To kick off a Meraki deployment, the admin simply enters the hospital ID number and serial numbers of the Meraki devices into the app. From there, all of the configuration is completed automatically, including configuration of hostnames, network tags, IP schemas, VLAN assignment, switchport assignment, and more. This will save hours of configuration time and money!
Furthermore, this application integrates into the Webex Teams API to automatically create a new Space for the new Meraki network and adds in the on-demand CAE NOC (Network Operations Centre) support group. This will get new healthcare sites set up, running, and supported quicker than ever.
Congratulations to all of the winners above, and thank you to all participants for being a part of this special event. We were so encouraged by the rapid development, creativity, and positivity shown by all teams throughout this process. We can’t wait to see what our partners and customers come up with next!
Unfortunately, bad things happen – whether it’s theft, vandalism, a workplace accident, or something else. In these cases, security cameras can help create a timeline of events and provide evidence. MV smart cameras make it easy to isolate footage and export video, but the more cameras you have and the more video you need to export, the more challenging managing those exports can become.
All your exports, in one place
Previously, a user would need to go to each individual camera to view and manage exported video from that camera. With the new Exports page, MV smart camera customers can see recent exports from all cameras in a network in one centralized place. This means users no longer have to remember if they exported video from Entrance Camera 1 or Entrance Camera 2. Simply navigate to the Exports page to see the status of all recent exports, download video footage, or share download links.
The Exports page on the dashboard shows you all video exports in one place
All your exports, in one file
And if, by chance, you exported video from both Entrance Camera 1 and 2, video files can be merged into one using the new combine export tool. This can be very helpful in a retail environment, as you may need to capture footage of a suspect taking merchandise, as well as showing them leaving the store without paying. To combine files, simply select the clips that you would like to combine. The files can be arranged in the desired order, and you can specify a name for the new file. Once completed, the merged file will appear in the Video exports table. A title card will appear before the individual clips — indicating the name of the camera and the date and the time of the video — for seamless playback of the entire event without losing important context. Like all MV export files, it can be easily downloaded to an .MP4 file, or shared via a link.
Combining exports from multiple cameras into a single file
Let us know what you think
The new Exports page is available now. For more information on how it works, check out the documentation. Or, head on over to the Meraki Community to join the discussion. We’d love to hear what you think!
Are you managing your team, a contact center, or office clients remotely? You’re not alone. Thousands of IT teams around the world deployed, shipped, and installed networks overnight, enabling hundreds to thousands of remote workers to work from home. Meraki has been working from home since March, including our customer support team. That is three months of 24/7 technical customer service for over 2.6 million active networks, supported completely from the homes of remote work employees. Ben Cho, Manager of the EMEA Support Center, knows how to manage a remote contact center and has talked to many IT teams worldwide in the past weeks. In this post, Ben shares his personal experience and biggest learnings from other companies.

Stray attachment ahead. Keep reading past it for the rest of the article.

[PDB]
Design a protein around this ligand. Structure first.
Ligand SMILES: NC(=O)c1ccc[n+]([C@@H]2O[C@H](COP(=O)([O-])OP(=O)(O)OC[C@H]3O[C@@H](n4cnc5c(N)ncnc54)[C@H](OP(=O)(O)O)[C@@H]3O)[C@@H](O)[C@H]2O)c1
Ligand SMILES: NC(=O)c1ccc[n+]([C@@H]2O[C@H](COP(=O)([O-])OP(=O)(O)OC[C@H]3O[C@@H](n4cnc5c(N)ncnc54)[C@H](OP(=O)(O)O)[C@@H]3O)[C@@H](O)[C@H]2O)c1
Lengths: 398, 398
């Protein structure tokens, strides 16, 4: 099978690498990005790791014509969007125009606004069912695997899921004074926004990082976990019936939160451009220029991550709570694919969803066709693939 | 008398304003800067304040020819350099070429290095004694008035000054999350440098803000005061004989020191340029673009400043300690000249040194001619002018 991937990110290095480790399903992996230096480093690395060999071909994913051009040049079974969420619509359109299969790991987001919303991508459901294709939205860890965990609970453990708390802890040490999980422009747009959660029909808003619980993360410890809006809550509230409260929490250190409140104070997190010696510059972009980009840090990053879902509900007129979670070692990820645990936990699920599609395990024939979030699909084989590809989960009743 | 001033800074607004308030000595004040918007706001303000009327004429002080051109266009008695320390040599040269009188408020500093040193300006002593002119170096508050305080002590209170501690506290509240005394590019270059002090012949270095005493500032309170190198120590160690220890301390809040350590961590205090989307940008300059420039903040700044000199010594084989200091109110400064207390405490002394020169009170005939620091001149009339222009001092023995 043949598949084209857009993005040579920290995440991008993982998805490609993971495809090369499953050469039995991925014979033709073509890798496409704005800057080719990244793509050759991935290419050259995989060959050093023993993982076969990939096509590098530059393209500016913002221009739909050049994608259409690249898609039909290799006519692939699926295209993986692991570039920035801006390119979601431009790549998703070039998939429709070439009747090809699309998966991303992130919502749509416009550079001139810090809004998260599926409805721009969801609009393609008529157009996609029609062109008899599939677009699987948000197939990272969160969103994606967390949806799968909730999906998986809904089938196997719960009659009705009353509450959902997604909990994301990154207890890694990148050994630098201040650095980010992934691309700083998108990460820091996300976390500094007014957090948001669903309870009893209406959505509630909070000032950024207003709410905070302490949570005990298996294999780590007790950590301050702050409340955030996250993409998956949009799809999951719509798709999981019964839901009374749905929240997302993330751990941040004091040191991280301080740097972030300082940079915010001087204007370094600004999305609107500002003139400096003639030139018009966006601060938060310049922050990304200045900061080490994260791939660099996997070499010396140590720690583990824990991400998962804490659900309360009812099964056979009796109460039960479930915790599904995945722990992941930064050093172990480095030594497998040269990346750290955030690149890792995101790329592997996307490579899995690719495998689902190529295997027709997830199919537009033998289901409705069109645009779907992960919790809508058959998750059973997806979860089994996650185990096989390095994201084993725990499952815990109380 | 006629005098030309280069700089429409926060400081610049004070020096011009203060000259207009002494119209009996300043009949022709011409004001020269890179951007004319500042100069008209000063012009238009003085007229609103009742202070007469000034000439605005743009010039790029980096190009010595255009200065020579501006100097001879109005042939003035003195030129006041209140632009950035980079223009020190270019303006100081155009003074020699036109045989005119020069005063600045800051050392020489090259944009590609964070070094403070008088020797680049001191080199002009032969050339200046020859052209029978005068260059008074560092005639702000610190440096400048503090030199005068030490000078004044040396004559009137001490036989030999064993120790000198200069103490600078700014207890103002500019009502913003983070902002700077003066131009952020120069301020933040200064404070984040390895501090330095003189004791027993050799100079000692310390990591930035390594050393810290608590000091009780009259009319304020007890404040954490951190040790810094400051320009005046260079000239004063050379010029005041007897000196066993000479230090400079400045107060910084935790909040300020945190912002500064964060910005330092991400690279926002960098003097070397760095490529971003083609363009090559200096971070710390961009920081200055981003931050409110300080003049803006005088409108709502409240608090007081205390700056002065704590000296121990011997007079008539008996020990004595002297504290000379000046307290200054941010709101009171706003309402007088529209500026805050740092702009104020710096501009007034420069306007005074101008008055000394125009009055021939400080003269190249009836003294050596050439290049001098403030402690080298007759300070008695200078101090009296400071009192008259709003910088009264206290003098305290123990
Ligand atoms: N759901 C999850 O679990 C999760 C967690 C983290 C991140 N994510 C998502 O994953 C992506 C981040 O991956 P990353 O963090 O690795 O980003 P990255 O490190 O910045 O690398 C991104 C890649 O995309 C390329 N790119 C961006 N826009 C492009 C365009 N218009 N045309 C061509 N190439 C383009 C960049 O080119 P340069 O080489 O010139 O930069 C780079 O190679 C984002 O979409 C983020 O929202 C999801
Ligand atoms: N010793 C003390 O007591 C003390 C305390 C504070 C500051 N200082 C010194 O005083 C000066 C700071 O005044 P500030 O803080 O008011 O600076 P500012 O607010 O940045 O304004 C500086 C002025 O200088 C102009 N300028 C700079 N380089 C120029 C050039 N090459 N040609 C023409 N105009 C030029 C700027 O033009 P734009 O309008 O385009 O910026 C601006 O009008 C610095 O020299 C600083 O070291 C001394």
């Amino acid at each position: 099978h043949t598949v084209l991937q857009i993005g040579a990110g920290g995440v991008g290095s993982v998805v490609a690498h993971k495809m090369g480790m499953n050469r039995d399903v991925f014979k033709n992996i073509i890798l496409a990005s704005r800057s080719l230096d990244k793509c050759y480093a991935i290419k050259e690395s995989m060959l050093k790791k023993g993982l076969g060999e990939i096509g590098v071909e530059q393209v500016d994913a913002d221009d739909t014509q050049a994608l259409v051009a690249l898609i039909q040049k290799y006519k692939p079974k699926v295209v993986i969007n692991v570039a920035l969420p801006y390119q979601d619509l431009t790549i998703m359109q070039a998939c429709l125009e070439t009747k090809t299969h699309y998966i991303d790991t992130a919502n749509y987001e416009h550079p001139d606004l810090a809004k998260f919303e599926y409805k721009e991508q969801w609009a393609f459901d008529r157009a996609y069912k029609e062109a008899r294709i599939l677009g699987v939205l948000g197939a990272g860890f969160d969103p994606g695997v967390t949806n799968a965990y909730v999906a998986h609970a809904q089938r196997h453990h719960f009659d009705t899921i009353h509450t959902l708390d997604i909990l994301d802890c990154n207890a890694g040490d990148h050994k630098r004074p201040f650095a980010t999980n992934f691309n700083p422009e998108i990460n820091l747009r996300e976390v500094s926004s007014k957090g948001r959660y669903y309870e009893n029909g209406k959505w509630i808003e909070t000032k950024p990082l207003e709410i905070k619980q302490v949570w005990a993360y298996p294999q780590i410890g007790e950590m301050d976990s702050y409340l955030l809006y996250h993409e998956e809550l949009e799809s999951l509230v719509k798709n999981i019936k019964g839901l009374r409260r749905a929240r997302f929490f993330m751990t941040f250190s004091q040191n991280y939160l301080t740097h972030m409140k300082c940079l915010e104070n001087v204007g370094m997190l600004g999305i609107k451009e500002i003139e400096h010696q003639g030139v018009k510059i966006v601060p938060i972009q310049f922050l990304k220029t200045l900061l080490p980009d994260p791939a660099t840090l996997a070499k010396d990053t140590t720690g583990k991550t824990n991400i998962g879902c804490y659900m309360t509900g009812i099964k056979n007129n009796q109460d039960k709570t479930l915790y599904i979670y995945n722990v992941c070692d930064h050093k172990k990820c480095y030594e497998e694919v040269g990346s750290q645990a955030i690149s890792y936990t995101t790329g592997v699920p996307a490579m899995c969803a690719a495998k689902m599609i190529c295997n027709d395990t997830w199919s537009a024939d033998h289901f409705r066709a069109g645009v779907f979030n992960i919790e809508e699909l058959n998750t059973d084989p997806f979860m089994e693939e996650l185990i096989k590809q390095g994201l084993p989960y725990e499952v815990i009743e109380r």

When Ben first heard about the plan for Meraki to move the entire team to remote work in the beginning of March 2020, he didn’t know that three months later, his team would still not be back in the office. Ben manages a team of 75 support engineers at Meraki in London. Worldwide, 450 people work on this team and take care of Meraki 24/7 customer support in San Francisco, London, Sydney, Shanghai, and Tokyo. Different sub-departments correspond with customers via phone or email. The team is supported by a network of operations, internal software teams, and product specialists who work very closely with engineering. On a normal day, customer requests can vary from maintenance questions to project deployments or help with troubleshooting across all Meraki product lines.
In the early weeks of this year, that ‘normal’ IT world changed within a few days. Companies around the globe shut down on-site operations and services, and apart from essential workers, transitioned their entire workforce to working remotely. Ben’s team experienced a 200-300% increase in support inquiries regarding the Meraki teleworker solution, the MerakiZ3, and security-related questions. Some companies had not used teleworker solutions in such high volumes before and were new to setting up clients for secure networking. Oftentimes, they simply didn’t have a plan for a scenario like this. Many companies needed guidance to set up VPN or client VPN access.